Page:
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United States Department of Agriculture

Agricultural Research Service

Research Project: SOIL APPLICATION OF AGRICULTURAL WASTE TO IMPROVE CROP PRODUCTION SYSTEMS AND ENVIRONMENTAL QUALITY Title: Impact of Gypsum Applied to Grass Buffer Strips on Reducing Soluble P in Surface Water Runoff

Authors
item Watts, Dexter
item Torbert, Henry

Submitted to: ASA-CSSA-SSSA Annual Meeting Abstracts
Publication Type: Abstract Only
Publication Acceptance Date: October 7, 2008
Publication Date: October 7, 2008
Citation: Watts, D.B., Torbert III, H.A. 2008. Impact of Gypsum Applied to Grass Buffer Strips on Reducing Soluble P in Surface Water Runoff [abstract]. ASA-CSSA-SSSA Annual Meeting Abstracts. 2008 CDROM.

Technical Abstract: Concerns for environmental quality from the burgeoning poultry industry have prompted concerns in recent years. These concerns are primarily a result of P transport from land application of manure, which poses a threat to accelerated eutrophication of surface water. Thus, a study was conducted to evaluate the effectiveness of soil amendments applied to grass buffer strips in reducing soluble P in surface runoff. A simulated concentrated flow study was conducted in an established tall fescue pasture. Poultry litter (PL) was applied at a rate of 250 kg N ha-1 to each plot. Soil amendments were then applied to the grass buffer strips at rates of 0, 1, 3.2, and 5.6 Mg ha-1. Two 30 min runoff events were conducted, in which, surface water samples were collected at 10 min intervals and analyzed for soluble P. The first surface runoff event occurred directly after PL application to evaluate the initial effects of soil amendments and the second runoff event occurred four weeks later to evaluate the long-term effects of soil amendments. The greatest concentration of soluble P was observed in the runoff event that occurred directly after PL application. The highest rate of gypsum applied to grass buffer strips were very effective in reducing soluble P concentrations in surface runoff, while the buffer strip itself was somewhat effective. In the second runoff event, although the concentration of soluble P was greatly reduced, the effect of gypsum had diminished. These results show that gypsum is most effective in reducing of initial losses of soluble P from PL application when applied to grass buffer strip.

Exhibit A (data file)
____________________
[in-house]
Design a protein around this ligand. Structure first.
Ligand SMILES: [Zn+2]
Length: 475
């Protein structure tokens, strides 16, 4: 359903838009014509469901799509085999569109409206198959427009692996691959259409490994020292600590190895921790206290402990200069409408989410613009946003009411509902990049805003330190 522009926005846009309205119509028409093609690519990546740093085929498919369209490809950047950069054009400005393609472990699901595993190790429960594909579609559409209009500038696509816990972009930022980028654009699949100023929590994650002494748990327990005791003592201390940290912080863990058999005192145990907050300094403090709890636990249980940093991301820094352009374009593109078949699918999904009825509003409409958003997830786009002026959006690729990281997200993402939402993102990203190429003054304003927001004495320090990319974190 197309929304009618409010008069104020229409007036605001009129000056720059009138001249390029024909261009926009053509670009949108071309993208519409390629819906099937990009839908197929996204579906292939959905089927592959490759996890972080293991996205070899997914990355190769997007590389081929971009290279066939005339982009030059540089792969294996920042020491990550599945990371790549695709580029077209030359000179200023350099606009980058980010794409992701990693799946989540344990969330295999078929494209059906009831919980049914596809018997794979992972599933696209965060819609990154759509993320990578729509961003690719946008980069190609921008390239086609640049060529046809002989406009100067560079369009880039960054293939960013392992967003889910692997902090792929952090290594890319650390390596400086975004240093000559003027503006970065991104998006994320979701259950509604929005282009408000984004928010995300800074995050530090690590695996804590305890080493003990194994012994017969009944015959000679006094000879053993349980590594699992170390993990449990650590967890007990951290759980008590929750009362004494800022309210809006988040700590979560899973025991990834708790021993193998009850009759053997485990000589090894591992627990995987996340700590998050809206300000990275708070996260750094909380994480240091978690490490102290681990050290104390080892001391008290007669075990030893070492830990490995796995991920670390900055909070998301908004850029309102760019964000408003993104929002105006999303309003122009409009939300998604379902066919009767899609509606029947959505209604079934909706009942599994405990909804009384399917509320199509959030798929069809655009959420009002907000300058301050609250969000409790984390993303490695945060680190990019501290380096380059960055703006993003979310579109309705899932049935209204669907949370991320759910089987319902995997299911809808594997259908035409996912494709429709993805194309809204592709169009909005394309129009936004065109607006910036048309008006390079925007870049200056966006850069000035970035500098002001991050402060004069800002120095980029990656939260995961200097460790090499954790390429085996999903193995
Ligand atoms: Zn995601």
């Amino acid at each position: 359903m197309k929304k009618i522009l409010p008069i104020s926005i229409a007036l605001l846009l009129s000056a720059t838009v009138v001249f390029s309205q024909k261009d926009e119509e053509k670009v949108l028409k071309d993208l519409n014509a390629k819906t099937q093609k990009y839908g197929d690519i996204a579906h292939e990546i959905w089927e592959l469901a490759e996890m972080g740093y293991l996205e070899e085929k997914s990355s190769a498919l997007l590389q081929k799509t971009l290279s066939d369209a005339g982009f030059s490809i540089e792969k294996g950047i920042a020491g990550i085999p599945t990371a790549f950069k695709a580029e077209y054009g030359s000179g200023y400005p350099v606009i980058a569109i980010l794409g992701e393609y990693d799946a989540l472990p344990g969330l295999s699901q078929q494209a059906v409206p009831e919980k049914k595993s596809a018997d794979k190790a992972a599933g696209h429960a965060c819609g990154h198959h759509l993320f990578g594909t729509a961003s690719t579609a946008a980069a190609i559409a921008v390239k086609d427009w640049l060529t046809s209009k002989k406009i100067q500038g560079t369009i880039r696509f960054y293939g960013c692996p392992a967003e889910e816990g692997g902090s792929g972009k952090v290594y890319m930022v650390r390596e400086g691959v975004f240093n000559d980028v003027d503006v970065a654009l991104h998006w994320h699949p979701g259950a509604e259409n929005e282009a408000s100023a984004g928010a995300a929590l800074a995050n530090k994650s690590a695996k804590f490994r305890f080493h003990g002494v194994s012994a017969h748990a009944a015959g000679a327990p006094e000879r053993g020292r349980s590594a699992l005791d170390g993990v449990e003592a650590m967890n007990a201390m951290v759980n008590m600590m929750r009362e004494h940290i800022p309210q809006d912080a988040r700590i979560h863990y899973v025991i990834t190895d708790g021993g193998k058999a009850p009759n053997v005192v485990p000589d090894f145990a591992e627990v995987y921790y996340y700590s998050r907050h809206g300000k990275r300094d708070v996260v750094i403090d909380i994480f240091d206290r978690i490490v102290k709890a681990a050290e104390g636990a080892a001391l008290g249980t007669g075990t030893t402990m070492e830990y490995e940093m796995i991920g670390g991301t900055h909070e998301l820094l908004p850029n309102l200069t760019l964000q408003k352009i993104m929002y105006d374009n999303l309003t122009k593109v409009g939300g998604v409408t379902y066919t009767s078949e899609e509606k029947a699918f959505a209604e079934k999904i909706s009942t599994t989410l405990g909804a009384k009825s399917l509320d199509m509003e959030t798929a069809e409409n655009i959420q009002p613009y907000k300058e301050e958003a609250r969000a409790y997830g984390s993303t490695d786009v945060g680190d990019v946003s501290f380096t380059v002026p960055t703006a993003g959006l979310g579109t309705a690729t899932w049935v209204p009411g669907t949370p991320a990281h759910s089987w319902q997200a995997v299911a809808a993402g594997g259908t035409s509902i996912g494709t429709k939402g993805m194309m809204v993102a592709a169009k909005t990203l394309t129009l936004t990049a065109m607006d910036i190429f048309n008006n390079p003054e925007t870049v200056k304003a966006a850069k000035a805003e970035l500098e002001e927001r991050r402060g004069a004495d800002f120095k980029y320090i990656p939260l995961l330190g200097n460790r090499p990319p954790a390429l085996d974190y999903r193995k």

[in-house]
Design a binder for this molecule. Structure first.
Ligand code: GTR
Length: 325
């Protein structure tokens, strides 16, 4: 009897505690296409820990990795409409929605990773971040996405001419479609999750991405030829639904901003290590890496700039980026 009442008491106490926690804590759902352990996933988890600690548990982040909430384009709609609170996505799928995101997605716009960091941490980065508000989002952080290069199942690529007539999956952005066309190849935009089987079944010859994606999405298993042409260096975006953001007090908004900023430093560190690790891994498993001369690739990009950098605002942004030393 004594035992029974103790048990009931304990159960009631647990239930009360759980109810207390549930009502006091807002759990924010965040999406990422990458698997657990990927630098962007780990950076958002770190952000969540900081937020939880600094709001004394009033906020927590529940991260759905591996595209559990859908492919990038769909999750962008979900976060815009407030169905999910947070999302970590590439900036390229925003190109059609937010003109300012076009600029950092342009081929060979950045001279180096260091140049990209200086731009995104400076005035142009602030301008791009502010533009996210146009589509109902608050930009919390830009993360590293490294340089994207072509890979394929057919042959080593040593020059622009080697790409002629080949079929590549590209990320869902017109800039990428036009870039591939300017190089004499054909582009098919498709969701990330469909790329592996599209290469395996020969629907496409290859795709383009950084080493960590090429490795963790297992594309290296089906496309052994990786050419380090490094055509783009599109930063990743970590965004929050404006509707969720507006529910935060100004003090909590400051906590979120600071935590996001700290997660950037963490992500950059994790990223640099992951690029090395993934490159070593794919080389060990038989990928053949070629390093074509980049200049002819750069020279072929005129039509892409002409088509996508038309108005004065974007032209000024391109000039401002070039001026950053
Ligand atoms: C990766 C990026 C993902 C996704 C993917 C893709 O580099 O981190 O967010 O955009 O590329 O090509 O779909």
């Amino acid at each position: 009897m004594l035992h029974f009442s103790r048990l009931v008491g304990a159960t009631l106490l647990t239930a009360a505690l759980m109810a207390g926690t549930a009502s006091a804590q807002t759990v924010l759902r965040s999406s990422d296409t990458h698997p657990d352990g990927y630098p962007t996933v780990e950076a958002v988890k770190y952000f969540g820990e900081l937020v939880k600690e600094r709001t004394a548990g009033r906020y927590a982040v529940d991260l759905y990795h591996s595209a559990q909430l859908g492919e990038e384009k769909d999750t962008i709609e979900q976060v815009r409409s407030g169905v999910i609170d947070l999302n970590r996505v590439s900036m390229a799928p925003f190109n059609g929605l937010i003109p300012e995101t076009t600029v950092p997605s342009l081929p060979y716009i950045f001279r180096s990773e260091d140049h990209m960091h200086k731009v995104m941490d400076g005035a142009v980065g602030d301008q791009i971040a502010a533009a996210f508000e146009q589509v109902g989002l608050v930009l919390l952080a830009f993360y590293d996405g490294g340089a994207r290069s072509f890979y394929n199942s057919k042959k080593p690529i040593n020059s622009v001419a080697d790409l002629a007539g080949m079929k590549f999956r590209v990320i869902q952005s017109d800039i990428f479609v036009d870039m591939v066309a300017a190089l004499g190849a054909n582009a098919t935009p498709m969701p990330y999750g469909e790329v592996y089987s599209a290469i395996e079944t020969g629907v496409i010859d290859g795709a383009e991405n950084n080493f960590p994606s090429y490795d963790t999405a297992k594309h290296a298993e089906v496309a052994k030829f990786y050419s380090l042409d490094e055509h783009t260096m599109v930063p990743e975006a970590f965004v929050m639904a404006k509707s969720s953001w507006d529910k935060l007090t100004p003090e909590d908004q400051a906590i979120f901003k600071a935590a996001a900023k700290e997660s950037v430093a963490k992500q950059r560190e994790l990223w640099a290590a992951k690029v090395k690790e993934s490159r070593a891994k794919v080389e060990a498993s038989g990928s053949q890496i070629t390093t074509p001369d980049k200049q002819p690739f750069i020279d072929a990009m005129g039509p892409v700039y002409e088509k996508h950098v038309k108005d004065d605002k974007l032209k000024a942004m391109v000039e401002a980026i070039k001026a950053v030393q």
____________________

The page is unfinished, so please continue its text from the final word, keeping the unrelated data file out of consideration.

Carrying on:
Last Modified: 10/20/2014